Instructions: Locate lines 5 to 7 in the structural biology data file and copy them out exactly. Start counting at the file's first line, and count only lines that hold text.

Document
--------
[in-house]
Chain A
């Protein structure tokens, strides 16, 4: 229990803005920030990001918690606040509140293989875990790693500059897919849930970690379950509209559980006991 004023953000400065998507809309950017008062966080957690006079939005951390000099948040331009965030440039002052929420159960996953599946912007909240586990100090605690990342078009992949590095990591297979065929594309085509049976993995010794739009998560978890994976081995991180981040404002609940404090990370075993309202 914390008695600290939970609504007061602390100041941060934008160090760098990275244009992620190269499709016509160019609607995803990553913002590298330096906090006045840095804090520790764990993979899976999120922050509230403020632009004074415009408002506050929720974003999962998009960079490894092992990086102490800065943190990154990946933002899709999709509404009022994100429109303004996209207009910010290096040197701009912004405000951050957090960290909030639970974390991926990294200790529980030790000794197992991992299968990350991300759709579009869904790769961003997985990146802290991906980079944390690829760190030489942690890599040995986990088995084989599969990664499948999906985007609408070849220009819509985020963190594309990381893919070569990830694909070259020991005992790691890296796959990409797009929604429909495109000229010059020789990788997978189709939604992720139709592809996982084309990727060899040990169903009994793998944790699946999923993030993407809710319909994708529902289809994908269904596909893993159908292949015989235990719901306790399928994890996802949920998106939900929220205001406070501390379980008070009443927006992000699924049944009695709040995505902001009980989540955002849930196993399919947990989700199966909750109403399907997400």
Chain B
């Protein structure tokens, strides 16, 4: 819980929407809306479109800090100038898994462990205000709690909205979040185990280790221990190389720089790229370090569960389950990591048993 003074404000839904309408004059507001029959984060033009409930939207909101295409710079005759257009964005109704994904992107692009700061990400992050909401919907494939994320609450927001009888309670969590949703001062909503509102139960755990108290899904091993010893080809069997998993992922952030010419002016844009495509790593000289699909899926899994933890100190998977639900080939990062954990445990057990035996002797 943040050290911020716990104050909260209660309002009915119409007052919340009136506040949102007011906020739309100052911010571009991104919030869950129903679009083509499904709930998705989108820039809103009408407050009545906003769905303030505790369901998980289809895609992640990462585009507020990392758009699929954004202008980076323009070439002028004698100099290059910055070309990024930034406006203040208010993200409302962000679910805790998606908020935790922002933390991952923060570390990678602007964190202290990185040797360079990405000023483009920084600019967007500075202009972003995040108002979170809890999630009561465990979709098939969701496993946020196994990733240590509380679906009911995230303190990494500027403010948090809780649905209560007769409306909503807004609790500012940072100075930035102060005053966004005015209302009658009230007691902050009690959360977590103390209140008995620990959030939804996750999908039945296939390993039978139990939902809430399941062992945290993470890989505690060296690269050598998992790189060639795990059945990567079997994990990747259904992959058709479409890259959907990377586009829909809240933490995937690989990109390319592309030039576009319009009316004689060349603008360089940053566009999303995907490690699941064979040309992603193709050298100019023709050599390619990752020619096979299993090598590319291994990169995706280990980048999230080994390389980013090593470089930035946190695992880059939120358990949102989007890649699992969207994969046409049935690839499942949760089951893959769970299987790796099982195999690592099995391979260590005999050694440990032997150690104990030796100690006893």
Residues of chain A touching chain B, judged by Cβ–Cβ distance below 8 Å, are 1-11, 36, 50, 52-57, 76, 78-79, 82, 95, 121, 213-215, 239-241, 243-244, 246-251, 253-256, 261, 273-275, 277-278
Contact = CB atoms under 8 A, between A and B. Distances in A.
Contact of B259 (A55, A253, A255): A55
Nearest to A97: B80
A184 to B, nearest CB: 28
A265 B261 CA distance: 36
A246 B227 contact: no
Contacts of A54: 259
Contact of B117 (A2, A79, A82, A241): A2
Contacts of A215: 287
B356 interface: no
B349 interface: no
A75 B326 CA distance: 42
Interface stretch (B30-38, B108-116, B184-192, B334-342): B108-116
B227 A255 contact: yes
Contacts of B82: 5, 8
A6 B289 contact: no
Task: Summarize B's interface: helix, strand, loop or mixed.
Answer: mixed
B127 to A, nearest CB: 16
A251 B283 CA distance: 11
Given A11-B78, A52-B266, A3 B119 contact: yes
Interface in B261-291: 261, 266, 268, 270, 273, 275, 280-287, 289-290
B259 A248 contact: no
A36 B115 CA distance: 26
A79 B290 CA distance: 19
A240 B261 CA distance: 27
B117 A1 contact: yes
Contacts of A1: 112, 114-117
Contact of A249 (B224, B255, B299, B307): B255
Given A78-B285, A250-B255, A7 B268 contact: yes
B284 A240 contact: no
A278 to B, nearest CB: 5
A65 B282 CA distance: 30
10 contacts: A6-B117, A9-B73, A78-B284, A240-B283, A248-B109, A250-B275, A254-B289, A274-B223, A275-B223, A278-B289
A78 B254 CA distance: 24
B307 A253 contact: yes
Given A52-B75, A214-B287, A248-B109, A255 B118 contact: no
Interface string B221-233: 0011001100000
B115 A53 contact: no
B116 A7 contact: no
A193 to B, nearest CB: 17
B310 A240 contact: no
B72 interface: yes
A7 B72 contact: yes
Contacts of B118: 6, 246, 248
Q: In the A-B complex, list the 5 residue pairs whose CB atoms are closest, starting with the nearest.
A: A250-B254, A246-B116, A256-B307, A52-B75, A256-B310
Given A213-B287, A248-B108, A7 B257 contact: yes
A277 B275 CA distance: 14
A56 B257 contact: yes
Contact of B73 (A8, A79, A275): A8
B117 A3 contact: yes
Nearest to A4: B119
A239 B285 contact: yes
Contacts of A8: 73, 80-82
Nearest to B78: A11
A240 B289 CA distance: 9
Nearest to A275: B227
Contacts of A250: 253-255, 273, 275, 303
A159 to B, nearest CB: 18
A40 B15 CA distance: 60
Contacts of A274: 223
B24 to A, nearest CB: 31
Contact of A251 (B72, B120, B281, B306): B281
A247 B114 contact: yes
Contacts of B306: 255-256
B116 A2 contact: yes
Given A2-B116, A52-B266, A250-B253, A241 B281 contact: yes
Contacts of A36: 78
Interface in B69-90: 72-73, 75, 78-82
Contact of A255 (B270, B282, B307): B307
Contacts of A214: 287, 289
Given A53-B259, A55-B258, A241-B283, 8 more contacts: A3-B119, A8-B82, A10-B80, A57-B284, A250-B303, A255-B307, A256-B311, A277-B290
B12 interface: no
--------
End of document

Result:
């Protein structure tokens, strides 16, 4: 819980929407809306479109800090100038898994462990205000709690909205979040185990280790221990190389720089790229370090569960389950990591048993 003074404000839904309408004059507001029959984060033009409930939207909101295409710079005759257009964005109704994904992107692009700061990400992050909401919907494939994320609450927001009888309670969590949703001062909503509102139960755990108290899904091993010893080809069997998993992922952030010419002016844009495509790593000289699909899926899994933890100190998977639900080939990062954990445990057990035996002797 943040050290911020716990104050909260209660309002009915119409007052919340009136506040949102007011906020739309100052911010571009991104919030869950129903679009083509499904709930998705989108820039809103009408407050009545906003769905303030505790369901998980289809895609992640990462585009507020990392758009699929954004202008980076323009070439002028004698100099290059910055070309990024930034406006203040208010993200409302962000679910805790998606908020935790922002933390991952923060570390990678602007964190202290990185040797360079990405000023483009920084600019967007500075202009972003995040108002979170809890999630009561465990979709098939969701496993946020196994990733240590509380679906009911995230303190990494500027403010948090809780649905209560007769409306909503807004609790500012940072100075930035102060005053966004005015209302009658009230007691902050009690959360977590103390209140008995620990959030939804996750999908039945296939390993039978139990939902809430399941062992945290993470890989505690060296690269050598998992790189060639795990059945990567079997994990990747259904992959058709479409890259959907990377586009829909809240933490995937690989990109390319592309030039576009319009009316004689060349603008360089940053566009999303995907490690699941064979040309992603193709050298100019023709050599390619990752020619096979299993090598590319291994990169995706280990980048999230080994390389980013090593470089930035946190695992880059939120358990949102989007890649699992969207994969046409049935690839499942949760089951893959769970299987790796099982195999690592099995391979260590005999050694440990032997150690104990030796100690006893």
Residues of chain A touching chain B, judged by Cβ–Cβ distance below 8 Å, are 1-11, 36, 50, 52-57, 76, 78-79, 82, 95, 121, 213-215, 239-241, 243-244, 246-251, 253-256, 261, 273-275, 277-278
Contact = CB atoms under 8 A, between A and B. Distances in A.